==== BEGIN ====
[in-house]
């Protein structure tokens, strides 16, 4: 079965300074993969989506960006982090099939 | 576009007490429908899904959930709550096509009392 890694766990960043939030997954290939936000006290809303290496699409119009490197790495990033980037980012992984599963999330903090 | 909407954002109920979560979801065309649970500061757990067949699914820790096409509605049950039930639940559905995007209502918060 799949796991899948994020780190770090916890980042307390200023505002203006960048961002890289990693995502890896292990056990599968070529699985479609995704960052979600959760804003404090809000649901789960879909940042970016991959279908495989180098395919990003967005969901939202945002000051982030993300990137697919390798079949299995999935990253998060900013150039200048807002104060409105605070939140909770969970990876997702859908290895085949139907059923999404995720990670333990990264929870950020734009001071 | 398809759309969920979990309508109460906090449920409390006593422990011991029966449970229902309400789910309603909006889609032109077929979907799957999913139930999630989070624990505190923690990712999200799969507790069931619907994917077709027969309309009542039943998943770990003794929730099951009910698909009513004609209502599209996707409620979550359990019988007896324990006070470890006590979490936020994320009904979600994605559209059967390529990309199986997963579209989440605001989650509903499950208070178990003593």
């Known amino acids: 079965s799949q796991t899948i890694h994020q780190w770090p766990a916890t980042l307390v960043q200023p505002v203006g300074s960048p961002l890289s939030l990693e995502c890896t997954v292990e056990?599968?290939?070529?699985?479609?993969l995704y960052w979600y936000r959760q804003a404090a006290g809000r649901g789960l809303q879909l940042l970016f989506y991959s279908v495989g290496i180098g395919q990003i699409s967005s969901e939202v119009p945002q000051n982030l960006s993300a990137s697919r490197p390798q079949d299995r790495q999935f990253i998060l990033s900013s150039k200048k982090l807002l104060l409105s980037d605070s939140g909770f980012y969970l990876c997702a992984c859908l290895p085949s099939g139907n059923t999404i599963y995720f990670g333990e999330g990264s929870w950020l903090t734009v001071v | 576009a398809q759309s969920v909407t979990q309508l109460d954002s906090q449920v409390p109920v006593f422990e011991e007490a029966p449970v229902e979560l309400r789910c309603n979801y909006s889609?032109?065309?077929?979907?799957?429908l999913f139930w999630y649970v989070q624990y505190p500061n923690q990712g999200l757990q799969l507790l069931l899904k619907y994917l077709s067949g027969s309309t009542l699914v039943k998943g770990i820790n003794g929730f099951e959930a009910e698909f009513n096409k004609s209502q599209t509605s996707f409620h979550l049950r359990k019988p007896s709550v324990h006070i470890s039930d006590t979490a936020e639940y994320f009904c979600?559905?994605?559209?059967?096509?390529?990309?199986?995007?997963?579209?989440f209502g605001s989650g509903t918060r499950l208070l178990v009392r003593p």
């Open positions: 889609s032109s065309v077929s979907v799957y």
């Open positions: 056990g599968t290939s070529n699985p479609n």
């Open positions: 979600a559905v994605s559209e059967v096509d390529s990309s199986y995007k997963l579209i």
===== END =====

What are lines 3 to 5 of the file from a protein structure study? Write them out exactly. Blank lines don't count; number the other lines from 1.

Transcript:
């Known amino acids: 079965s799949q796991t899948i890694h994020q780190w770090p766990a916890t980042l307390v960043q200023p505002v203006g300074s960048p961002l890289s939030l990693e995502c890896t997954v292990e056990?599968?290939?070529?699985?479609?993969l995704y960052w979600y936000r959760q804003a404090a006290g809000r649901g789960l809303q879909l940042l970016f989506y991959s279908v495989g290496i180098g395919q990003i699409s967005s969901e939202v119009p945002q000051n982030l960006s993300a990137s697919r490197p390798q079949d299995r790495q999935f990253i998060l990033s900013s150039k200048k982090l807002l104060l409105s980037d605070s939140g909770f980012y969970l990876c997702a992984c859908l290895p085949s099939g139907n059923t999404i599963y995720f990670g333990e999330g990264s929870w950020l903090t734009v001071v | 576009a398809q759309s969920v909407t979990q309508l109460d954002s906090q449920v409390p109920v006593f422990e011991e007490a029966p449970v229902e979560l309400r789910c309603n979801y909006s889609?032109?065309?077929?979907?799957?429908l999913f139930w999630y649970v989070q624990y505190p500061n923690q990712g999200l757990q799969l507790l069931l899904k619907y994917l077709s067949g027969s309309t009542l699914v039943k998943g770990i820790n003794g929730f099951e959930a009910e698909f009513n096409k004609s209502q599209t509605s996707f409620h979550l049950r359990k019988p007896s709550v324990h006070i470890s039930d006590t979490a936020e639940y994320f009904c979600?559905?994605?559209?059967?096509?390529?990309?199986?995007?997963?579209?989440f209502g605001s989650g509903t918060r499950l208070l178990v009392r003593p």
């Open positions: 889609s032109s065309v077929s979907v799957y």
């Open positions: 056990g599968t290939s070529n699985p479609n």